Chronic loneliness is a modern-day epidemic, and a sad one at that. We live in such a busy time, and it’s all too common to sacrifice relationships for more work, more money, more stuff. But as a species, humans don’t do well by themselves. We survive best in groups where we can look to others for support and empathy.
Despite the instinctual need for others, the percentage of Americans who say they frequently feel alone is at an all time high. In the 1970s and 1980s, the percentage was around 11% and 20%, respectively. Yet in 2010, the American Association of Retired Persons (AARP) repeated a similar study and the percentage was as high as 45%.1
When feelings of loneliness seem to overwhelm us, the instinctual fix is to make more friends; to socialize. But all this really accomplishes is a more intense realization of loneliness.
Loneliness Exists Even with Physical Company
Feeling alone is not the same as truly being alone. Think about this common situation: in a family gathering, a handful of relatives are sitting at the table with others, but they are scrolling through Facebook on their phone or texting people who are not present. None of the people in this scenario are truly alone, but they do create loneliness. Through being more interested in their phone than physical company, they miss out on true human connection through company.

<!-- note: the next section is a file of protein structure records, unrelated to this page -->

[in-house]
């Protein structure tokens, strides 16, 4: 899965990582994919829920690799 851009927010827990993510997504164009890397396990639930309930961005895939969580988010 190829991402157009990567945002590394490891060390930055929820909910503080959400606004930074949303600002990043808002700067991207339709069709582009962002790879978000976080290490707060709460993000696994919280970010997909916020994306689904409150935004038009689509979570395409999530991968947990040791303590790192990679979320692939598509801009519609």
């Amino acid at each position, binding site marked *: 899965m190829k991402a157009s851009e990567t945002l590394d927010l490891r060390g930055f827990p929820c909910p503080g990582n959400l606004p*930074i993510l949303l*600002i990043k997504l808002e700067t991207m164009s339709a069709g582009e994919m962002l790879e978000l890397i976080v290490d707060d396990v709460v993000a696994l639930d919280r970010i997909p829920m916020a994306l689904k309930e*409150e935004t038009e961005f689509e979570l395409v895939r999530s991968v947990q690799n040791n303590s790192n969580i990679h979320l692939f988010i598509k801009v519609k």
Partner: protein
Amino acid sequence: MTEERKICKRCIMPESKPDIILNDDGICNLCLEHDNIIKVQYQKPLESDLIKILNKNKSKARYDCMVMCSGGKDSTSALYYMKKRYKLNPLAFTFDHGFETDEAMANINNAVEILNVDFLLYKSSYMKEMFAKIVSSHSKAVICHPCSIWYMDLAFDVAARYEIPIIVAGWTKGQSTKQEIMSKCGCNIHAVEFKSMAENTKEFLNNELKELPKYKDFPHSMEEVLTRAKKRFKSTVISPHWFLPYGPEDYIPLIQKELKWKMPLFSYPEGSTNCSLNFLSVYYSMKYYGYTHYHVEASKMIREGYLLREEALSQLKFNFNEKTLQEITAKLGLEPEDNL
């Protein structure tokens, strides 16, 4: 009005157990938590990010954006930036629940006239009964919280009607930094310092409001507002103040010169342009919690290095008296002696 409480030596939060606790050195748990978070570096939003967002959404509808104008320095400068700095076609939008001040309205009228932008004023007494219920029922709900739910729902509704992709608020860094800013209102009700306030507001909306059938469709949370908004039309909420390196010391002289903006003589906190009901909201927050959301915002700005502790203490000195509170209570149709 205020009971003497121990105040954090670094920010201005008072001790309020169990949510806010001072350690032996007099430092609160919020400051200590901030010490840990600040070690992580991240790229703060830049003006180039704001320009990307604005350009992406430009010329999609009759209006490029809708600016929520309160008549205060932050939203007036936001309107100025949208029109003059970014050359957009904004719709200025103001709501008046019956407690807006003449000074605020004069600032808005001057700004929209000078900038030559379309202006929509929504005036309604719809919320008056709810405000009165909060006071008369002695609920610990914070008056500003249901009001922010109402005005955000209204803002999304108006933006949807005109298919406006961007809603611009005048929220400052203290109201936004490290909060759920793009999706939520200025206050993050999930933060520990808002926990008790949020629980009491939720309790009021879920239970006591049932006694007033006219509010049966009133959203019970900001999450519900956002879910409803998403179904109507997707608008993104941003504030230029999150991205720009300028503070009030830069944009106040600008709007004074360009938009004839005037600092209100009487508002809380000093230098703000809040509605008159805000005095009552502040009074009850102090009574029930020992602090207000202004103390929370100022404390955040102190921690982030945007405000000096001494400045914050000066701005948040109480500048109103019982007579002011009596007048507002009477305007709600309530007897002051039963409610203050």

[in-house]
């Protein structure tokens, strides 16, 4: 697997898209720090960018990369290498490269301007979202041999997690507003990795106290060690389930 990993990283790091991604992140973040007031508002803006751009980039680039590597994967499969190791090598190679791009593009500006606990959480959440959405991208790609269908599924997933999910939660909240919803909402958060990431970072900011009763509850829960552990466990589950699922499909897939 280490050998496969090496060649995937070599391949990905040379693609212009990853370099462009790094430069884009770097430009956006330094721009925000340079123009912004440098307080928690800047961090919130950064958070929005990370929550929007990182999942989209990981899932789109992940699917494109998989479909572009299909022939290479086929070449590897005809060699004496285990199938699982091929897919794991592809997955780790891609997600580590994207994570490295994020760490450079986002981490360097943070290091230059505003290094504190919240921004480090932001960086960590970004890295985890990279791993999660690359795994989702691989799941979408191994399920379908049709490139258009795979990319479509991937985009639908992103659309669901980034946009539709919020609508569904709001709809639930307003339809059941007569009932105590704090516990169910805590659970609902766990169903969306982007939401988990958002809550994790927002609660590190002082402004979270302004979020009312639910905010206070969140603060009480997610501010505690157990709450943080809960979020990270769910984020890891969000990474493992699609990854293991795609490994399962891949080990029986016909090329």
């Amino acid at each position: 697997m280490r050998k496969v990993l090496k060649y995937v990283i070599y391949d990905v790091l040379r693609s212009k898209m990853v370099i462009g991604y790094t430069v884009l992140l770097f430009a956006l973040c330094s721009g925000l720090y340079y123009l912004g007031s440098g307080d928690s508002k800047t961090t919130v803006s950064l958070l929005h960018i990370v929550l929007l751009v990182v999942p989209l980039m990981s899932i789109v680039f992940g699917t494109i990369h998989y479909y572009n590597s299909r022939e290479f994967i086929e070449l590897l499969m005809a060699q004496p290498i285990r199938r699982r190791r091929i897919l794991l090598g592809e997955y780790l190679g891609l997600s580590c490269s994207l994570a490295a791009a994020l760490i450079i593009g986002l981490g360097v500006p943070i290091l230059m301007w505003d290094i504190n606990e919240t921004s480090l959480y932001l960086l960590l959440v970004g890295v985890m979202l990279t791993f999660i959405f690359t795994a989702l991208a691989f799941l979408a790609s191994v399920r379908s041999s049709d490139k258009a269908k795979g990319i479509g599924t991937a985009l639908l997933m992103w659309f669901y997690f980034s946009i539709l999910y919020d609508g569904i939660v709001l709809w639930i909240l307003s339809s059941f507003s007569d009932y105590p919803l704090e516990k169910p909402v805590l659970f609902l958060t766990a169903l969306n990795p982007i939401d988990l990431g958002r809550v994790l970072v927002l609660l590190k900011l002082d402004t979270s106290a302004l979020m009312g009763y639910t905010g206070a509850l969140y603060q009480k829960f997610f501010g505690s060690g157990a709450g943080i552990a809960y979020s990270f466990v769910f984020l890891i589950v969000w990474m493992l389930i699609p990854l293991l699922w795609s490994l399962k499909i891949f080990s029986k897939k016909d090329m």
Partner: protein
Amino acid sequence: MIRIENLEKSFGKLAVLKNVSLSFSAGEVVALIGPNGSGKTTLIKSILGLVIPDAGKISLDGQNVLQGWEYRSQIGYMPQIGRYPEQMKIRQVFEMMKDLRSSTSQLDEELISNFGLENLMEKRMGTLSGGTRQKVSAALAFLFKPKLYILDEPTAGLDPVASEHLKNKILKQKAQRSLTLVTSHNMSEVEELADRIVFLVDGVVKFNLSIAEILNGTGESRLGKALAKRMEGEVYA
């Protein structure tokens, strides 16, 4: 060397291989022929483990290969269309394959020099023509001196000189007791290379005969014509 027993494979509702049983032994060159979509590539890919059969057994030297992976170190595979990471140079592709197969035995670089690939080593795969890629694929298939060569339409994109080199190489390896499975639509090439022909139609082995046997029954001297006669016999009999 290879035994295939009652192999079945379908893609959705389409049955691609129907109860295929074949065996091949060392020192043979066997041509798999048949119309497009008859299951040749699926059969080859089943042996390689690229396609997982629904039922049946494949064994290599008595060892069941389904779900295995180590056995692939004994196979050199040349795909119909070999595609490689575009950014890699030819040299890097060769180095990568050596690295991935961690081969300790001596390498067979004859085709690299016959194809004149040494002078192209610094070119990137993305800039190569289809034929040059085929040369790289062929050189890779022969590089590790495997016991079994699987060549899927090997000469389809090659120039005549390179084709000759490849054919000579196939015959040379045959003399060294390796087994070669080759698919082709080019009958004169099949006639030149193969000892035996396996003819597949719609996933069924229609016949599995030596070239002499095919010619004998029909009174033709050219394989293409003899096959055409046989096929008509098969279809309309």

Another relatable example is patients in hospitals. While these ill people are quite literally surrounded with support, they often feel lonely and forgotten if their relatives do not stop by frequently. Any type of separation, be it literal or emotional makes us (and even animals) feel very alone and cut off.2
In animals, it’s not separating a monkey from any companion, it’s separating them from a preferred companion. When we do that, we see the same effects in those monkeys that we see in humans; they feel lonely.
Connecting Is Easy, Deepening Is Not
Part of the problem with being hyper-social or making new “friends” to fill a void comes from the fact that those connections are actually empty. This is due to how simple it is to connect with new people.
Any time you open an app like Facebook or SnapChat, you’re making connections with people. They could be long-time friends, acquaintances or even strangers, but the attention makes the line blur between true companion and internet stranger. A person can have thousands of friends on Facebook but only truly know 50 of them. The high number doesn’t mean loneliness is an impossibility.
Another trend in the loneliness quick-fix is dating apps. If you need a mood booster or just want someone to compliment you and keep you company, any dating app can do the trick within minutes. There are often no strings attached, but along with being dangerous, this is also emotionally detrimental; while you may not feel alone for the hour you spend with a new person, as soon as they leave (most likely to never be heard from again), you feel even more alone than before.
Promiscuity Is a Loner’s Drug
When you make new friends because of loneliness, you’re being promiscuous. While this word is typically associated with dating a lot or being intimate very casually, the alternate definition is more about being indiscriminate or casual when it comes to who you surround yourself with.